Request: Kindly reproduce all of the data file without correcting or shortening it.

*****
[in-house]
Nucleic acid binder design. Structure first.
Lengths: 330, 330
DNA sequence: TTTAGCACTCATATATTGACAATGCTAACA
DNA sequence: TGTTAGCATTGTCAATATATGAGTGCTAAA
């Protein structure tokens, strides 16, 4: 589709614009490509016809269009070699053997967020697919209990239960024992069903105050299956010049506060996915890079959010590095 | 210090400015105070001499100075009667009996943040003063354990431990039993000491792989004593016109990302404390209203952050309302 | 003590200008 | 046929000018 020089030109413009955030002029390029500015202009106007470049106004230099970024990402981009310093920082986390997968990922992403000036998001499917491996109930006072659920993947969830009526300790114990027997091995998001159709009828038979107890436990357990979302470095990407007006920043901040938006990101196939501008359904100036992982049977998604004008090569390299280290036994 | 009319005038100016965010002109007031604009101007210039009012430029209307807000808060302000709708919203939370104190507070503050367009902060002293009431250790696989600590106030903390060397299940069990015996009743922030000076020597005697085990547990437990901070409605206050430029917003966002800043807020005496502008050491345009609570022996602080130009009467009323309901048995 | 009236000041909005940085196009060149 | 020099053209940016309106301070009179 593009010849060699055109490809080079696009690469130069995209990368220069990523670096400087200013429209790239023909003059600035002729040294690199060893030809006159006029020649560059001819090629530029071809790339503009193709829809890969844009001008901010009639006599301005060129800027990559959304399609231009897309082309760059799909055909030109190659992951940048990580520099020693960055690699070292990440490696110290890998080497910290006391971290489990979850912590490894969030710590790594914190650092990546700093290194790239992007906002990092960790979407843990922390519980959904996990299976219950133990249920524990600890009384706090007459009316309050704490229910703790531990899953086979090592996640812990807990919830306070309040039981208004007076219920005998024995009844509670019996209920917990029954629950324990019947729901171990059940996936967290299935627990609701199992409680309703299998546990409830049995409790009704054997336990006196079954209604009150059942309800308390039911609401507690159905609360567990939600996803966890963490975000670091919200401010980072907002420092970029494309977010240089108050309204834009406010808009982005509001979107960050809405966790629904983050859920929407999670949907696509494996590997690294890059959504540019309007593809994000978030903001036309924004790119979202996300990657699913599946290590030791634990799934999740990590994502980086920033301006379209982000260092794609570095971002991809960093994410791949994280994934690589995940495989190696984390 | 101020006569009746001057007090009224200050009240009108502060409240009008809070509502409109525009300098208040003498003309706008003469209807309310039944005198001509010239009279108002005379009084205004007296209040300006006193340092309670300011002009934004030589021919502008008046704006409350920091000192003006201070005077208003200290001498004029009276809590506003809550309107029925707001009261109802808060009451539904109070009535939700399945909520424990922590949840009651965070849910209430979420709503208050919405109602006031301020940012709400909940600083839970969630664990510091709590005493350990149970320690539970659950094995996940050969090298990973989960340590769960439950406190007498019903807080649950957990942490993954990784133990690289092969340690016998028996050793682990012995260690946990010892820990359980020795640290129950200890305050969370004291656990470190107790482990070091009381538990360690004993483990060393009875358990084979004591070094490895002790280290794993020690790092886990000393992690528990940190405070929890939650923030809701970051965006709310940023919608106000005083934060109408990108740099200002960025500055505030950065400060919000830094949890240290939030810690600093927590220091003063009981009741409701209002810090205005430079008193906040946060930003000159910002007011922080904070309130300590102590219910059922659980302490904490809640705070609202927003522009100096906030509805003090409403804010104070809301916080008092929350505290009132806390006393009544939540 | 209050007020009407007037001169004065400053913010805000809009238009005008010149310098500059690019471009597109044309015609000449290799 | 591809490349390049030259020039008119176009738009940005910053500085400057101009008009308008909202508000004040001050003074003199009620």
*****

[in-house]
Nucleic acid binder design. Structure first.
Lengths: 330, 330
DNA sequence: TTTAGCACTCATATATTGACAATGCTAACA
DNA sequence: TGTTAGCATTGTCAATATATGAGTGCTAAA
């Protein structure tokens, strides 16, 4: 589709614009490509016809269009070699053997967020697919209990239960024992069903105050299956010049506060996915890079959010590095 | 210090400015105070001499100075009667009996943040003063354990431990039993000491792989004593016109990302404390209203952050309302 | 003590200008 | 046929000018 020089030109413009955030002029390029500015202009106007470049106004230099970024990402981009310093920082986390997968990922992403000036998001499917491996109930006072659920993947969830009526300790114990027997091995998001159709009828038979107890436990357990979302470095990407007006920043901040938006990101196939501008359904100036992982049977998604004008090569390299280290036994 | 009319005038100016965010002109007031604009101007210039009012430029209307807000808060302000709708919203939370104190507070503050367009902060002293009431250790696989600590106030903390060397299940069990015996009743922030000076020597005697085990547990437990901070409605206050430029917003966002800043807020005496502008050491345009609570022996602080130009009467009323309901048995 | 009236000041909005940085196009060149 | 020099053209940016309106301070009179 593009010849060699055109490809080079696009690469130069995209990368220069990523670096400087200013429209790239023909003059600035002729040294690199060893030809006159006029020649560059001819090629530029071809790339503009193709829809890969844009001008901010009639006599301005060129800027990559959304399609231009897309082309760059799909055909030109190659992951940048990580520099020693960055690699070292990440490696110290890998080497910290006391971290489990979850912590490894969030710590790594914190650092990546700093290194790239992007906002990092960790979407843990922390519980959904996990299976219950133990249920524990600890009384706090007459009316309050704490229910703790531990899953086979090592996640812990807990919830306070309040039981208004007076219920005998024995009844509670019996209920917990029954629950324990019947729901171990059940996936967290299935627990609701199992409680309703299998546990409830049995409790009704054997336990006196079954209604009150059942309800308390039911609401507690159905609360567990939600996803966890963490975000670091919200401010980072907002420092970029494309977010240089108050309204834009406010808009982005509001979107960050809405966790629904983050859920929407999670949907696509494996590997690294890059959504540019309007593809994000978030903001036309924004790119979202996300990657699913599946290590030791634990799934999740990590994502980086920033301006379209982000260092794609570095971002991809960093994410791949994280994934690589995940495989190696984390 | 101020006569009746001057007090009224200050009240009108502060409240009008809070509502409109525009300098208040003498003309706008003469209807309310039944005198001509010239009279108002005379009084205004007296209040300006006193340092309670300011002009934004030589021919502008008046704006409350920091000192003006201070005077208003200290001498004029009276809590506003809550309107029925707001009261109802808060009451539904109070009535939700399945909520424990922590949840009651965070849910209430979420709503208050919405109602006031301020940012709400909940600083839970969630664990510091709590005493350990149970320690539970659950094995996940050969090298990973989960340590769960439950406190007498019903807080649950957990942490993954990784133990690289092969340690016998028996050793682990012995260690946990010892820990359980020795640290129950200890305050969370004291656990470190107790482990070091009381538990360690004993483990060393009875358990084979004591070094490895002790280290794993020690790092886990000393992690528990940190405070929890939650923030809701970051965006709310940023919608106000005083934060109408990108740099200002960025500055505030950065400060919000830094949890240290939030810690600093927590220091003063009981009741409701209002810090205005430079008193906040946060930003000159910002007011922080904070309130300590102590219910059922659980302490904490809640705070609202927003522009100096906030509805003090409403804010104070809301916080008092929350505290009132806390006393009544939540 | 209050007020009407007037001169004065400053913010805000809009238009005008010149310098500059690019471009597109044309015609000449290799 | 591809490349390049030259020039008119176009738009940005910053500085400057101009008009308008909202508000004040001050003074003199009620």